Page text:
Tuesday, April 8, 2008

Randy Pausch Teaches Us about Time Management


Since my mom died of pancreatic cancer last May, Randy Pausch caught my attention in September 2007 when I read about him in the Pittsburgh Post-Gazette:
Randy Pausch set the tone early on yesterday at his farewell lecture at Carnegie Mellon University.

"If I don't seem as depressed or morose as I should be, sorry to disappoint you," said Dr. Pausch, a 46-year-old computer science professor who has incurable pancreatic cancer.

It's not that he's in denial about the fact that he only has months to live, he told the 400 listeners packed into McConomy Auditorium on the campus, and the hundreds more listening to a live Web cast.

It's more that "I am in phenomenally good health right now; it's the greatest cognitive dissonance you will ever see -- the fact is, I'm in better shape than most of you," he said.
But I didn't get around to watching his Last Lecture until yesterday, when I again read about him - this time in Parade Magazine.

But while Pausch has become somewhat famous for his Last Lecture, he also did a lecture on Time Management in November 2007. Here are just some of the points he made:

empty e-mail in-box

1. Keep your e-mail in-box empty; it's not your to-do list. (That's his empty one shown above.)

2. Break down items on your to-do lists into small pieces; "get tenure" was on his once upon a time, and that wasn't really helpful in moving him along!

3. Kill your television - or at least put it away in a closet.

4. Keep a time journal so you can see where your time is going. You'll be surprised.

5. Recognize that most things are pass/fail. (That's a good reminder for all of us with perfectionistic tendencies.)

6. Always make time to sleep, eat, and exercise.

But to really appreciate the lecture, you really have to see it. As he points out, he has some expertise in making the most of your time - including when you find out you're going to have much less time than you expected.


SueBK said...

Thank you so much for posting this link. I've never heard of Randy Pausch before. I started watching the video of his time management lecture last night. Decided I should watch it when I was more fully awake.
There are many who would laugh that I would watch a time management lecture. It is seen as one of my outstanding strengths; but I am only too well aware of just how much time I waste, and how short life really is.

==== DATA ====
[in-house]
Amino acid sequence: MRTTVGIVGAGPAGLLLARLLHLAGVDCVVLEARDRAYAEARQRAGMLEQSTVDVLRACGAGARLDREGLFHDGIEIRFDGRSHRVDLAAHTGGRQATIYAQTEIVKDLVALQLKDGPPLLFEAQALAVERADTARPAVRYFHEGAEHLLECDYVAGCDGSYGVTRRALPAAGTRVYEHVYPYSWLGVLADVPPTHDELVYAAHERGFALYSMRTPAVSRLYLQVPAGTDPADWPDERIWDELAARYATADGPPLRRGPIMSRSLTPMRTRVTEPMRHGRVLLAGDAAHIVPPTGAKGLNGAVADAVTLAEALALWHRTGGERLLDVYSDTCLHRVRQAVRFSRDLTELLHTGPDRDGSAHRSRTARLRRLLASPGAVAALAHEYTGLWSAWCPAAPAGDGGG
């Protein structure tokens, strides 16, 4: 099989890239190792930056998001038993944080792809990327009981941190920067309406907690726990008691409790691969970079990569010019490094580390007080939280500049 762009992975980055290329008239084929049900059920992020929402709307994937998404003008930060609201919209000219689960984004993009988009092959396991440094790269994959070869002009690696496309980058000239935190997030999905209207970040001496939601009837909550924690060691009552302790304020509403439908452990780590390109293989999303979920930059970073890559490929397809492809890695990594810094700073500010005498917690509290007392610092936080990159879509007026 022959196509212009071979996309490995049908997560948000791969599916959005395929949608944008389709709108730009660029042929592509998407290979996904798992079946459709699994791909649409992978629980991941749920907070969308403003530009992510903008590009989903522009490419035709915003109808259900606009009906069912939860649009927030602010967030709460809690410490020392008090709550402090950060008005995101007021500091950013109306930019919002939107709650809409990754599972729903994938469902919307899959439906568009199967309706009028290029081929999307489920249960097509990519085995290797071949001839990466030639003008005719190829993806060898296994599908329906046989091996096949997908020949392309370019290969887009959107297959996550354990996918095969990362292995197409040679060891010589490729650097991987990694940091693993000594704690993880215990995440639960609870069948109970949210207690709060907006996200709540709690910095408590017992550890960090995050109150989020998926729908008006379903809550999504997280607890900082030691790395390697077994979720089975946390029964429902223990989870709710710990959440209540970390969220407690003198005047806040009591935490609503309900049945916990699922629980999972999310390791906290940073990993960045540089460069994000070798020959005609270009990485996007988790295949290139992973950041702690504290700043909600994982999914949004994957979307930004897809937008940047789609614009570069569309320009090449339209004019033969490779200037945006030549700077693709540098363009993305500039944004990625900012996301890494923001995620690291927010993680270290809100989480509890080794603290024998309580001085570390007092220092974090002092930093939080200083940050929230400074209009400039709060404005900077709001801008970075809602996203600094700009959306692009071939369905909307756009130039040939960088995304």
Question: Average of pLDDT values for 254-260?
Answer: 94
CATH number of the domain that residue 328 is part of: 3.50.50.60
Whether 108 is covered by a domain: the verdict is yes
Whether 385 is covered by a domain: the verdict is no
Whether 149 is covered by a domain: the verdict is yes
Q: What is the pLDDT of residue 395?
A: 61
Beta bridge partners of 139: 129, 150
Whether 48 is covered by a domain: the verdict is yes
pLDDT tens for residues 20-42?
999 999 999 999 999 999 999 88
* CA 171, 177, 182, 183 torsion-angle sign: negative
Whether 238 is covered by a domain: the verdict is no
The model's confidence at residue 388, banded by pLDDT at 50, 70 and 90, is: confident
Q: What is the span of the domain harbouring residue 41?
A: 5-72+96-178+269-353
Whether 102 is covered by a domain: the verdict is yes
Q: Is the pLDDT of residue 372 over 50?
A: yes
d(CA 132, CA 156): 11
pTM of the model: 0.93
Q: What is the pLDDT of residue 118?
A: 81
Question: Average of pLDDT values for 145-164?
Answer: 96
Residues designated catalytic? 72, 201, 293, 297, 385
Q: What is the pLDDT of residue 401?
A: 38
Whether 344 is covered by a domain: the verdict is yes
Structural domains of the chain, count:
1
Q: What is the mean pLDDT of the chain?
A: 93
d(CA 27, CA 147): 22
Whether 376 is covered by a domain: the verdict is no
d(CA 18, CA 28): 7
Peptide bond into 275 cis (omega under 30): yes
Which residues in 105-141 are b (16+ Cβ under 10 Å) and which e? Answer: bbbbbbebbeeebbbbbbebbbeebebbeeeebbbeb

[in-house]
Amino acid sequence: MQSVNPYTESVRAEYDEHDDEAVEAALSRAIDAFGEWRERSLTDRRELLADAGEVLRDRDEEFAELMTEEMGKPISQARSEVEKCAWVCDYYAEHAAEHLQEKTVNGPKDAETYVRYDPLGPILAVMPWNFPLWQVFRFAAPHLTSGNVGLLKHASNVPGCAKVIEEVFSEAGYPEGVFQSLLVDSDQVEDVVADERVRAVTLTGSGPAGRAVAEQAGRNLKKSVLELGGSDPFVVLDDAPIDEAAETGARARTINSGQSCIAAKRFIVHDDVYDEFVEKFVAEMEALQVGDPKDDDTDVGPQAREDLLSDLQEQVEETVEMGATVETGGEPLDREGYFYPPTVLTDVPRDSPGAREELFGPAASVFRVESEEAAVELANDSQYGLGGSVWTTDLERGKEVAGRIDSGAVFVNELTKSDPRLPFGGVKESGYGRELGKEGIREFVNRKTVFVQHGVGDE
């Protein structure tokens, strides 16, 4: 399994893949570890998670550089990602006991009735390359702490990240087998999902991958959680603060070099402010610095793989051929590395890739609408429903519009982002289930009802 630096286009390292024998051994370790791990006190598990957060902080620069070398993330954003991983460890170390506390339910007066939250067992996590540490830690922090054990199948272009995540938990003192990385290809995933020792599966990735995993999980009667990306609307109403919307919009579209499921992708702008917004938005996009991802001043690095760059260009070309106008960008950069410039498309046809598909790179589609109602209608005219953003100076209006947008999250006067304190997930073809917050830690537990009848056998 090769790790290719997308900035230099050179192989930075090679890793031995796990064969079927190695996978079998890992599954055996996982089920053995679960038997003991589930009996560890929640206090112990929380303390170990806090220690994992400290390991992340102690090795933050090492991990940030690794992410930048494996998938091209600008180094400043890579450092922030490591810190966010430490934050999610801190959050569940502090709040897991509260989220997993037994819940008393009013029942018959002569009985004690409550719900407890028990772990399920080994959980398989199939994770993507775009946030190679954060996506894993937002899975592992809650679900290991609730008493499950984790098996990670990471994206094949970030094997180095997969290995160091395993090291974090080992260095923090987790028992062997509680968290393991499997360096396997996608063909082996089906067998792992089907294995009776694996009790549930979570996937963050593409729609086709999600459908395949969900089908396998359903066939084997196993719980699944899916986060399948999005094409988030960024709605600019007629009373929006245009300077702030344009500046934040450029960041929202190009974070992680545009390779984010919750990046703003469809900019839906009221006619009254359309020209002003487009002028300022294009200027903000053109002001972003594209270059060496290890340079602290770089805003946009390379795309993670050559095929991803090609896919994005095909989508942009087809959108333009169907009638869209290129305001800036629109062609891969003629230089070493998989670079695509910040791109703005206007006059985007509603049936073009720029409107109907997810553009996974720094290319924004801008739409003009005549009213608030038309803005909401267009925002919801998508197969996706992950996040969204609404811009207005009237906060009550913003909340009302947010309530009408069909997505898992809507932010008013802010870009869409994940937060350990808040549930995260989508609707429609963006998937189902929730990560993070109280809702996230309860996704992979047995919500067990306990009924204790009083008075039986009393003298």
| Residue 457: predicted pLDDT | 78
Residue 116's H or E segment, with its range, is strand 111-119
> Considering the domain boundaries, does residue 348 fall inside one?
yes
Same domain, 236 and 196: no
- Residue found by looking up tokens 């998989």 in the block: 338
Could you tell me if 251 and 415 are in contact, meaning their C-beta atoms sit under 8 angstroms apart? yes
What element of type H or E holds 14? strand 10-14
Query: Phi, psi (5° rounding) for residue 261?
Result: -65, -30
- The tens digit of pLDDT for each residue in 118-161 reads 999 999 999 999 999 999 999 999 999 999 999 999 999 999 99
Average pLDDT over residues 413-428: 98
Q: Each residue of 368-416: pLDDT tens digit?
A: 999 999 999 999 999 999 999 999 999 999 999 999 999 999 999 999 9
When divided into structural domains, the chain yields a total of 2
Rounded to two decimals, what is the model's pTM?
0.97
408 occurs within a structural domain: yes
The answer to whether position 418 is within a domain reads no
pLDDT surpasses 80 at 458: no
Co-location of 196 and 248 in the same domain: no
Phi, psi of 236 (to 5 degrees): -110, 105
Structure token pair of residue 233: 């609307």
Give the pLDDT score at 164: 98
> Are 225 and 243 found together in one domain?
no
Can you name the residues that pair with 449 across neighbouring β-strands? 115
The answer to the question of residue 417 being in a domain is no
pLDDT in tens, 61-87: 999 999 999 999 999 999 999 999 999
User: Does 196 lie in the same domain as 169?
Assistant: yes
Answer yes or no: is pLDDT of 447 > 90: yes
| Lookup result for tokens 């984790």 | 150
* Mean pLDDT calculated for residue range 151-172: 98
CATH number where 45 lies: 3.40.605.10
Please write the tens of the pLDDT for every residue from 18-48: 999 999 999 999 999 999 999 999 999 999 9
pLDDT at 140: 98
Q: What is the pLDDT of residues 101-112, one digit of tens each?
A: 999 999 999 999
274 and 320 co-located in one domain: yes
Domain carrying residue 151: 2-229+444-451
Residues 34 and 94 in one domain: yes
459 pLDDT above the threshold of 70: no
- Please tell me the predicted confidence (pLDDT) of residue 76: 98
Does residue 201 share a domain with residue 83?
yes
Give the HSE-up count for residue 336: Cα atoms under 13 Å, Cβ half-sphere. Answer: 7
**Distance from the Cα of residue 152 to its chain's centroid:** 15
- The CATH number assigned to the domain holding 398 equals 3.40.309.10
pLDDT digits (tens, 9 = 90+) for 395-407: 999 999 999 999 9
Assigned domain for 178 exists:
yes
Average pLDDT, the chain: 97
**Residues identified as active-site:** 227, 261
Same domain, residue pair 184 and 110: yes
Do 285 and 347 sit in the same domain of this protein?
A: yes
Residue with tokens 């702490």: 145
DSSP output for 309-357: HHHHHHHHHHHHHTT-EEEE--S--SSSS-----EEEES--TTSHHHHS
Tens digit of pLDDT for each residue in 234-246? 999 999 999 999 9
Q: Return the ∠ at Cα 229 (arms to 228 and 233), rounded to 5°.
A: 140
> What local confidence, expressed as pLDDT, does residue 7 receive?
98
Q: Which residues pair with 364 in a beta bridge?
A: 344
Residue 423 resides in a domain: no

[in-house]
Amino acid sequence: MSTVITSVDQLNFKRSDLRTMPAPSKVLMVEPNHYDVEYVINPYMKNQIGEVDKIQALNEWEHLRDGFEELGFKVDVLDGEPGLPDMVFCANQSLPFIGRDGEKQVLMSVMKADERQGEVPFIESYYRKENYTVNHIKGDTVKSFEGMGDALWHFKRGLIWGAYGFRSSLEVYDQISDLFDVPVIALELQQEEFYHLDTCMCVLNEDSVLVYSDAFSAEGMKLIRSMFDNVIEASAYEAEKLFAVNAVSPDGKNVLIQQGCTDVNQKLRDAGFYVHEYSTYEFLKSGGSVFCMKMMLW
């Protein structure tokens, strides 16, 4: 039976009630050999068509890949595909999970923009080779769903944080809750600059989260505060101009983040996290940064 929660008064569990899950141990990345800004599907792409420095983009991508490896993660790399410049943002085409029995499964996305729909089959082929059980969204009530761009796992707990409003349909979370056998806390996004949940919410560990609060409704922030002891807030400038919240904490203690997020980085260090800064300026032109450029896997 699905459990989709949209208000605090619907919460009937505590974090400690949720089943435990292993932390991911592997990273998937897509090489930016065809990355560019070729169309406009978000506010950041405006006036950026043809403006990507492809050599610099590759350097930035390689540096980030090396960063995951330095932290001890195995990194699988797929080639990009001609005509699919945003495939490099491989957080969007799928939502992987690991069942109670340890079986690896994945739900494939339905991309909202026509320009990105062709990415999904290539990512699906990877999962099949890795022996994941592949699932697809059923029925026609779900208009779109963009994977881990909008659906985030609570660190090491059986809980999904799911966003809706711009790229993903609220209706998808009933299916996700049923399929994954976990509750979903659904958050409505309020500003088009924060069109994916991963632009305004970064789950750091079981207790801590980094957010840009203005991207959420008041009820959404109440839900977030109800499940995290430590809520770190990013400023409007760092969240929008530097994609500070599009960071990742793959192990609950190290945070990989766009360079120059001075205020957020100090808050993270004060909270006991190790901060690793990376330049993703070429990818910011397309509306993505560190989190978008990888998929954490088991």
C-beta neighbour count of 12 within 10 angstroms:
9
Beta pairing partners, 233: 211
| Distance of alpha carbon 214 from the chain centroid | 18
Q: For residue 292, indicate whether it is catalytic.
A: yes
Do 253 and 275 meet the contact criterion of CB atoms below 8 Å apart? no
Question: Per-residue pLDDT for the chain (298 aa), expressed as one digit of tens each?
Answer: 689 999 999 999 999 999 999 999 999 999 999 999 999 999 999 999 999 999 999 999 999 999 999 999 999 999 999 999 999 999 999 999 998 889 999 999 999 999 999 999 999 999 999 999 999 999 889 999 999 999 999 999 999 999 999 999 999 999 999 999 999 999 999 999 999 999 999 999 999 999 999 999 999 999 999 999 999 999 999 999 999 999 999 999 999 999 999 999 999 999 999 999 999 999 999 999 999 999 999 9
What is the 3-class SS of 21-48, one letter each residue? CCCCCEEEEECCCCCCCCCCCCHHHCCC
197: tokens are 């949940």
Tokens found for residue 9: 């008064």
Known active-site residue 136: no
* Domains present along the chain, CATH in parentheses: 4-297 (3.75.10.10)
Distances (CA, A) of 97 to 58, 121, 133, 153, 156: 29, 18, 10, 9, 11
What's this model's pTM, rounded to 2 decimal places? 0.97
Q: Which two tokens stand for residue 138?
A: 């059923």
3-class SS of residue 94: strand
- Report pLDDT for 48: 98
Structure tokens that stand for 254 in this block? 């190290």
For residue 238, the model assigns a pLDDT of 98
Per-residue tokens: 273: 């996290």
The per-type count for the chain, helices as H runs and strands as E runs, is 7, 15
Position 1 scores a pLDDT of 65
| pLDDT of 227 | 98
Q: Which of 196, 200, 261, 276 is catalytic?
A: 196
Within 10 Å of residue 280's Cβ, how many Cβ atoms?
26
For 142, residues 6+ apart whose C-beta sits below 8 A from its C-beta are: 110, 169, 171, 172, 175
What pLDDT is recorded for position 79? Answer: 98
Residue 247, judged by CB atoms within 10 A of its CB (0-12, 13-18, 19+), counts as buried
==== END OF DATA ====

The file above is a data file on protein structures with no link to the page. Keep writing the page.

I don't think anyone person ever has the complete story on any particular subject, and you can always learn from other people's experience and wisdom.
I loved the comment about the inbox (about where I got up to last night). I can't bare having emails sitting in my inbox, and now I have a great justification for removing them!

Jeri Dansky said...

SueBK, thank you so much for writing. One of the things I love about blogging is pointing people to resources that really help them, and it's wonderful to know when I've succeeded. (And Randy Pausch is worth knowing about.)

For more support for the empty in-box approach, you can read David Allen's Getting Things Done or Mark Hurst's Bit Literacy. Or read 43Folders on the web.

Cynthia Friedlob said...

Jeri, I have no personal or financial connection to this particular link and it perfectly fits the topic of your post:

The Progressive Mind Gifts

Cynthia Friedlob said...

Vast HTML conspiracy against me wins again! Sorry.

The link should have taken you to the specific page and I have no clue why it didn't. So, if you go to the website, then go to Buddhist gifts, then go to bumper stickers, you will find one that says:

"The trouble is that you think you have time."

That's why I thought it was perfect for your post -- which, by the way, was an especially moving one. Thank you for sharing!

Jeri Dansky said...

Cynthia, thanks for the wonderful pointer. The HTML problem seems to be an extraneous slash at the end of the URL. Here (hopefully) is the bumper sticker.

Anonymous said...

I've been living without TV for the past 24 years (I am single and live alone and I am 46 years old, too). This does not mean I never watch TV, of course I do when I visit other people. But there isn't such a noise at home. I may miss very good programs, I know. But this is my choice, and so far, I've never regret.


Jeri Dansky said...

Silvia, I feel exactly the same way about TV; I know there are some good programs, but I have no regrets about not owning a TV myself.

It's sort of like anything else I'd use very infrequently - I can "borrow" one (by having a neighbor tape a show for me, and watching it at her home, for example) the few times I really want it.